By Paul Abelsky

April 21 (Bloomberg) -- Russia and the economies of the former Soviet republics will recover at a “moderate pace” this year as financial-industry weakness offsets a rebound in trade and higher energy income, the International Monetary Fund said.

Russia’s gross domestic product will expand 4 percent this year, the IMF said in a report today, revising its previous forecast for 3.6 percent. The Washington-based lender predicted a gain of 4 percent for the economies of Mongolia, Georgia and the Commonwealth of Independent States, a grouping of post- Soviet nations.

“For most CIS economies, growth prospects remain highly dependent on the speed of recovery in Russia, which could surprise in either direction,” the report said. “Economies with less externally linked financial sectors are expected to continue to do best.”

The worst financial crisis since the Great Depression pushed six of the 13 regional economies into contraction last year. Russia and Ukraine, the two largest, shrank after global demand for commodities weakened, while lower remittances from migrant workers in Russia hurt countries in Central Asia and the Caucasus.

Lagging Behind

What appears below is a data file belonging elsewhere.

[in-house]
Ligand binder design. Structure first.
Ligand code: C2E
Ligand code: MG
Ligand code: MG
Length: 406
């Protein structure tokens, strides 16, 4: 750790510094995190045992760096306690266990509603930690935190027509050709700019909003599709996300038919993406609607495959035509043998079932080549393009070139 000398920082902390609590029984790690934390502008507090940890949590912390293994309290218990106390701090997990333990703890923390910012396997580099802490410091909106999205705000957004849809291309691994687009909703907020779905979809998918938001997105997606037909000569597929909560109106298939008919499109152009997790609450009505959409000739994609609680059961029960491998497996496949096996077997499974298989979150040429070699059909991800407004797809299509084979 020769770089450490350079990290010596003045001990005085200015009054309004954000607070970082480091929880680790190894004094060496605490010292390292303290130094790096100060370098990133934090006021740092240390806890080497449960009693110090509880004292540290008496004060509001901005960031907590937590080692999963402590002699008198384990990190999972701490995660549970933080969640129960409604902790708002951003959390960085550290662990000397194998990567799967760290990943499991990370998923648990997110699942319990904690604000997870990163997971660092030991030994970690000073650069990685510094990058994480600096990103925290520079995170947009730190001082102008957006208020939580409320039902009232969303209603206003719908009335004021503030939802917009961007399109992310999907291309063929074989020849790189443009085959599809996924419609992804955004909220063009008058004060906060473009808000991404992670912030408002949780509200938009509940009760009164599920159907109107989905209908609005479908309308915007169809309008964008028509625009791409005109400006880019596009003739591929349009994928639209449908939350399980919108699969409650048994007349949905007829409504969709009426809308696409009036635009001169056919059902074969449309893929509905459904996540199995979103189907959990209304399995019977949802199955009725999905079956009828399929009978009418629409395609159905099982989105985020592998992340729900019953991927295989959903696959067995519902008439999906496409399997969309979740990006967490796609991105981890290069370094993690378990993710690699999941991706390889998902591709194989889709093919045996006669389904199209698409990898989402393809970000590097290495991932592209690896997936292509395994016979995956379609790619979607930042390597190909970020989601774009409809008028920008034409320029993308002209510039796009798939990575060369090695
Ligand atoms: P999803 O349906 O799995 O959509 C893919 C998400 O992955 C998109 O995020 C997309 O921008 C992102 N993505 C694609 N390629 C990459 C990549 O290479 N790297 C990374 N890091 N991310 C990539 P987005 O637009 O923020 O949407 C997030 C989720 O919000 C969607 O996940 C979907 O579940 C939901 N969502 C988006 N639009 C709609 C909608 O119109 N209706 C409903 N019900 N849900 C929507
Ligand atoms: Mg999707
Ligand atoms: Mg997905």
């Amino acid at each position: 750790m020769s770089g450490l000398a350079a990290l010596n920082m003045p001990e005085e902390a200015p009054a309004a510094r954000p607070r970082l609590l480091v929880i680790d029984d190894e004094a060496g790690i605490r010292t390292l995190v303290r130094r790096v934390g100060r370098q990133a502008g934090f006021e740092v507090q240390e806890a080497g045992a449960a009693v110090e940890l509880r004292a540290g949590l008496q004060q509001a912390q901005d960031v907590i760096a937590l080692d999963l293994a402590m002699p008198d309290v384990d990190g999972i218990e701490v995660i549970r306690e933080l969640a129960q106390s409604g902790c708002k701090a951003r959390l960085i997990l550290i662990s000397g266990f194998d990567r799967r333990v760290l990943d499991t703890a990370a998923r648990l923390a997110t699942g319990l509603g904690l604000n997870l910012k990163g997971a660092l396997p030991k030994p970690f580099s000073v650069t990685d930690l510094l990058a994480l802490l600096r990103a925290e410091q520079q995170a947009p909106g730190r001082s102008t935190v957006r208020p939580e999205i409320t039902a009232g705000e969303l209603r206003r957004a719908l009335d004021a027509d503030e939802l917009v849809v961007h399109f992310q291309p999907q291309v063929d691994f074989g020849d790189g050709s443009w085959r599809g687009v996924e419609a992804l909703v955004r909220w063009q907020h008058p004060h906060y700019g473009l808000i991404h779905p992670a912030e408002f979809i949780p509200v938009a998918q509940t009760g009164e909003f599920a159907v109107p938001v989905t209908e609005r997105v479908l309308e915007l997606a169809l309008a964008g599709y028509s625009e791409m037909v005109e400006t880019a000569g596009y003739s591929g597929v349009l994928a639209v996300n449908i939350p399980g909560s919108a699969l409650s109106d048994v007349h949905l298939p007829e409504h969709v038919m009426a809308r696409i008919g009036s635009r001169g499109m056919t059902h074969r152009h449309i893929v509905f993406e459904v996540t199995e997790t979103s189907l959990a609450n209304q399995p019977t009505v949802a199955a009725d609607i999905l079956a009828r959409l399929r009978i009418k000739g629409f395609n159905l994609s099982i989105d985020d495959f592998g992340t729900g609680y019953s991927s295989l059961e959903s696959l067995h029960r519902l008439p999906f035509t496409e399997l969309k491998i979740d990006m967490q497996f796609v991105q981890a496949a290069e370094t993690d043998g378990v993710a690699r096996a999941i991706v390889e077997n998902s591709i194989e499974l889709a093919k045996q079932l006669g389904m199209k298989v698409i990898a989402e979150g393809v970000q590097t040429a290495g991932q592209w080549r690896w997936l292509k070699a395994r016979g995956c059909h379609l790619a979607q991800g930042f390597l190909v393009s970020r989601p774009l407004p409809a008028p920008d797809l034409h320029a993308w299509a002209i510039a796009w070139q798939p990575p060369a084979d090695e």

The region will lag behind the IMF’s projection for a 4.2 percent rise in world output in 2010 and will slide further behind next year, expanding 3.6 percent compared to global growth of 4.3 percent, according to the report.

“Lingering financial sector vulnerability and heavy dependence on external financing” continue to hold back economic expansion in the region, the IMF said.

The economy of the world’s biggest energy exporter contracted a record 7.9 percent in 2009, the toughest year since Russia’s 1998 financial crisis, according to President Dmitry Medvedev. The CIS, Georgia and Mongolia slumped 6.6 percent in 2009 after expanding 5.5 percent in the previous year, IMF data show.

Russia will post a “modest recovery” this year as companies rebuild stocks and the economy recovers from its worst slump on record, the said IMF.

“Despite relatively high oil prices and substantial government stimulus, underlying private domestic demand is likely to be subdued, with bad loans in the banking system expected to stifle credit and consumption growth,” the report said.

Average annual inflation in Russia will decelerate to 7 percent this year and 5.7 percent in 2011, while the current- account surplus will reach 5.1 percent of GDP in 2010, the IMF forecast.

The IMF recommended that Russian authorities unwind emergency liquidity measures, restore tighter regulations and help undercapitalized or failed banks.

Kazakhstan should develop a “comprehensive solution” to problems in the banking industry and conduct a “detailed independent assessment” of the balance sheets of the biggest lenders, the IMF said.